She also took pains to find jeans, polar fleece pullovers, T-shirts, and assorted other items that would fit in just the right wrong way. But of all the elements that comprise classic tech-nerd style—the mediocre hygiene, the baggy clothes—by far the most important, West said, was the footwear.
For years, Zuckerberg was rarely seen publicly in anything other than those Adidas slides. Later in the film, Justin Timberlake, playing the relatively dapper Napster co-founder Sean Parker, calls them “fuck-you flip-flops” and jokes that he left his, along with his hoodie, at the cleaners. (Timberlake wears custom-made Armani suits in the film, tailored from the same patterns, since retired, that Parker actually purchased a few years ago from the Palo Alto Armani store, West said, noting that Giorgio Armani himself helped with the project. )
“Mark once said he created a company so he would never have to work for anyone, no one could ever tell him he couldn’t wear flip-flops to work,” West said. “He took flip-flops to $15 billion. He created a fashion out of his own success, whereas the more establishment, more conservative Ivy League kids really dress up to be successful, to show their wealth and their social level.”
Zuckerberg has since upgraded to sneakers and was recently photographed traipsing around the Allen and Co. conference in Sun Valley in a typical pair, side-by-side with former power agent Michael Ovitz, the two looking eerily similar. But for many years, the sandals seemed to tell the whole story. In 2007, tech blog Valleywag ran a “ Mark Zuckerberg Adidas memorial slideshow.”
For the other characters—from the ones who pay only slightly more attention to their personal style than Zuckerberg, all the way up to the Winklevoss twins—West said she was equally granular.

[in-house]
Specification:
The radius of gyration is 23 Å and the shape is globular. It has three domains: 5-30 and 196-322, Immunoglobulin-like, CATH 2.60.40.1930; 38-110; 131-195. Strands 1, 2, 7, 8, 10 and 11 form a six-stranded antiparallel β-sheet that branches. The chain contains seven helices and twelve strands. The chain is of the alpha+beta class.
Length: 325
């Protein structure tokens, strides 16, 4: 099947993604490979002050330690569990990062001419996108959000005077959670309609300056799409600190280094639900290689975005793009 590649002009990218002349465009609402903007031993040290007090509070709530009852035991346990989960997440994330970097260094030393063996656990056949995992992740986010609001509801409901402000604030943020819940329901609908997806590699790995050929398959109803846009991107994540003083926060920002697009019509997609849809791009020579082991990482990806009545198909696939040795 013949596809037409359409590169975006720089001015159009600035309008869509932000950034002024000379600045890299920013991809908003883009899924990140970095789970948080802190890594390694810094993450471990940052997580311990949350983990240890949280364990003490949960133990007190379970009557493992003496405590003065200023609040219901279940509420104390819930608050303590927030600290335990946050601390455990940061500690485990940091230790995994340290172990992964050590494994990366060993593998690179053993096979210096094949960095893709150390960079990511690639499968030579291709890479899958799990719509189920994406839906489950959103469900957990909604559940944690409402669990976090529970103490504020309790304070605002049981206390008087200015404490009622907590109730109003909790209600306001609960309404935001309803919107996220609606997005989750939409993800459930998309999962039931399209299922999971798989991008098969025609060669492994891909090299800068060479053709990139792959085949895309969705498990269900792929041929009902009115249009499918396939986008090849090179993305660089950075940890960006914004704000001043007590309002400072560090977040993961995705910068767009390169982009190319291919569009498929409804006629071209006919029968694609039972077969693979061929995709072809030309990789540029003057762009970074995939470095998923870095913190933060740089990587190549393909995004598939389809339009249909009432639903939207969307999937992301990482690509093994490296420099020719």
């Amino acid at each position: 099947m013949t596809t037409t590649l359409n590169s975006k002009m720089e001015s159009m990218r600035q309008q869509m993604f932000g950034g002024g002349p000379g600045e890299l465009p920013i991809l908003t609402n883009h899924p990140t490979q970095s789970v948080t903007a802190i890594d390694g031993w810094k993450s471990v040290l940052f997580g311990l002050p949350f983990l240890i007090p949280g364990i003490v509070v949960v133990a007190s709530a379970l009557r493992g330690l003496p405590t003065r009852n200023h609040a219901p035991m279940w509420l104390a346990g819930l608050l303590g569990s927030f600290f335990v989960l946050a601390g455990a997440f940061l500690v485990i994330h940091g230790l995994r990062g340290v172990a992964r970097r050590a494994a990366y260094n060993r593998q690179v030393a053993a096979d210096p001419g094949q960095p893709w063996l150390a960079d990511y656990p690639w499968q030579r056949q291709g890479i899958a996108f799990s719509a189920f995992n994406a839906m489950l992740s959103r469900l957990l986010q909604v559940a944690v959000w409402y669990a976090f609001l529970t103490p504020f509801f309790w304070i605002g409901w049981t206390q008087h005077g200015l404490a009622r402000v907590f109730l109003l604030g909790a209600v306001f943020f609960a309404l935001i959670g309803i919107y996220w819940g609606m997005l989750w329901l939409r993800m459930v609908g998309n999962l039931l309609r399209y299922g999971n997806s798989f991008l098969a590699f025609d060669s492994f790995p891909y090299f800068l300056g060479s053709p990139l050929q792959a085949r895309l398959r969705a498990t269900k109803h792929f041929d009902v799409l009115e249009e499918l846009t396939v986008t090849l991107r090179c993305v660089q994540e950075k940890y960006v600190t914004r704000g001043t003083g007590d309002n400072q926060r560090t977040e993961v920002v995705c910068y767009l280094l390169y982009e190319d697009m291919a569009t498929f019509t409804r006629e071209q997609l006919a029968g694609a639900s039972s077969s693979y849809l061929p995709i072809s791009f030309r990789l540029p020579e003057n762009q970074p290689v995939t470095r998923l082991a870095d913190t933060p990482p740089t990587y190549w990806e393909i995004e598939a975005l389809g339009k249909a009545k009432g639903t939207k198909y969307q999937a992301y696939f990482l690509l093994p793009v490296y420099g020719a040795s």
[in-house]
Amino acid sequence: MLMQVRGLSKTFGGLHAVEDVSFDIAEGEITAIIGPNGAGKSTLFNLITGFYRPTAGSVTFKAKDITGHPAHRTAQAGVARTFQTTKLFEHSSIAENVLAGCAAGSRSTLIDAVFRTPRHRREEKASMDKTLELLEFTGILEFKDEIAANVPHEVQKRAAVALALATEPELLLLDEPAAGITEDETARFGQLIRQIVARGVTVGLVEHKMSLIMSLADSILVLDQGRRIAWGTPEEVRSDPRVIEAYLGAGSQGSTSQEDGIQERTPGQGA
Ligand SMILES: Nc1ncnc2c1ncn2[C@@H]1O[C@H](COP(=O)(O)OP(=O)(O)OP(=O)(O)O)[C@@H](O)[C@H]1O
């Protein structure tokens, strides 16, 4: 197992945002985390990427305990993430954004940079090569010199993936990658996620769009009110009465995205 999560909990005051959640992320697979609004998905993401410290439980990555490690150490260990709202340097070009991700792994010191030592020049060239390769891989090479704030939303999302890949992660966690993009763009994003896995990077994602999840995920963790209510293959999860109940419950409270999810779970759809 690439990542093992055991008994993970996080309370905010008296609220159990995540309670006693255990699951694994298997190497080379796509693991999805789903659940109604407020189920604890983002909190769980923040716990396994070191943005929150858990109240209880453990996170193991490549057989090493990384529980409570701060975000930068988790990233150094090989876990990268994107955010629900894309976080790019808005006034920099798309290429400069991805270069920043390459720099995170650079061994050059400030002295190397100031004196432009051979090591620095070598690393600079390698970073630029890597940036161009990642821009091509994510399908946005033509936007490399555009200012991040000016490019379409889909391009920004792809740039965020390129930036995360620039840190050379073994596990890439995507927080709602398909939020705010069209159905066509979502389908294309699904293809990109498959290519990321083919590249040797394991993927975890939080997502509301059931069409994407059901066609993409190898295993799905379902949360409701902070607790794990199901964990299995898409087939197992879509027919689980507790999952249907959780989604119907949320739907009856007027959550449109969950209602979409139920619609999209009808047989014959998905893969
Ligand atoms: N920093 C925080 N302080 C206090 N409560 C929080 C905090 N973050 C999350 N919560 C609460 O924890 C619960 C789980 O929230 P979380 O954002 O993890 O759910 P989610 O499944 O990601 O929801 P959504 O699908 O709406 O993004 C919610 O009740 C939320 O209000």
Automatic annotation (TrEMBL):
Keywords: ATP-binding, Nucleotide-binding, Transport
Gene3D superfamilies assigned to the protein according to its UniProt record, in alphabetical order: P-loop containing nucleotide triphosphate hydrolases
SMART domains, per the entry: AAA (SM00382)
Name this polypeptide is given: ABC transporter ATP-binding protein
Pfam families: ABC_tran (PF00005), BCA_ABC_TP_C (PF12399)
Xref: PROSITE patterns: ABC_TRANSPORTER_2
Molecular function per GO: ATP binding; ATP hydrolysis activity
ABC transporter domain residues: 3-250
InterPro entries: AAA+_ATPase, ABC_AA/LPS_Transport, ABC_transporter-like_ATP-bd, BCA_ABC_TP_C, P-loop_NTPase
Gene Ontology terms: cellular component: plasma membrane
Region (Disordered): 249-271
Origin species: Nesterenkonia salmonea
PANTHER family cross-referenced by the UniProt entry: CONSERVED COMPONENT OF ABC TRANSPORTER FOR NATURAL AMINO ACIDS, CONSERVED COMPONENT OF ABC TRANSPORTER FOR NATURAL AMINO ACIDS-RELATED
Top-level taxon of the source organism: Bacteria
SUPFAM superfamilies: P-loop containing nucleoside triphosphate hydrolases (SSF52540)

“It was really to me a bigger challenge than doing a film set 50 years ago because the differences are so subtle, but they definitely give you a feeling of period,” West said. Your mind registers it’s not now. It’s subtle things, like there were no skinny jeans back then, and the length of the T-shirts are different.”
In one scene, Harvard president Larry Summers dresses down the Winklevosses, who come to him seeking support in their claim that Zuckerberg stole their idea for his site. Summers brusquely accuses the twins of looking like they’re there to sell him a Brooks Brothers franchise. The twins, played by Armie Hammer and Josh Pence, are wearing Brooks Brothers for the occasion, West said. They look like Kennedys.
They also look like they walked right off the set of Wall Street. And the fact that two handsome, finely clad young men are so quickly duped in this movie—and so committed to fighting back through old channels, starting with the Harvard student handbook—only helps reinforce the point that they have been overtaken. (It also helps that The Social Network, out Friday, will almost certainly trounce Wall Street 2, out last week, a box-office and critical disappointment.) The old bankers, with their perfect coifs and slim-cut suits, are out; the new banker, with his bad hair and baggy jeans, is in.
He beat them to Facebook, and then he pantsed them.
Rebecca Dana is a senior correspondent for The Daily Beast. A former editor and reporter for the Wall Street Journal, she has also written for the New York Times, the New York Observer, Rolling Stone and Slate, among other publications.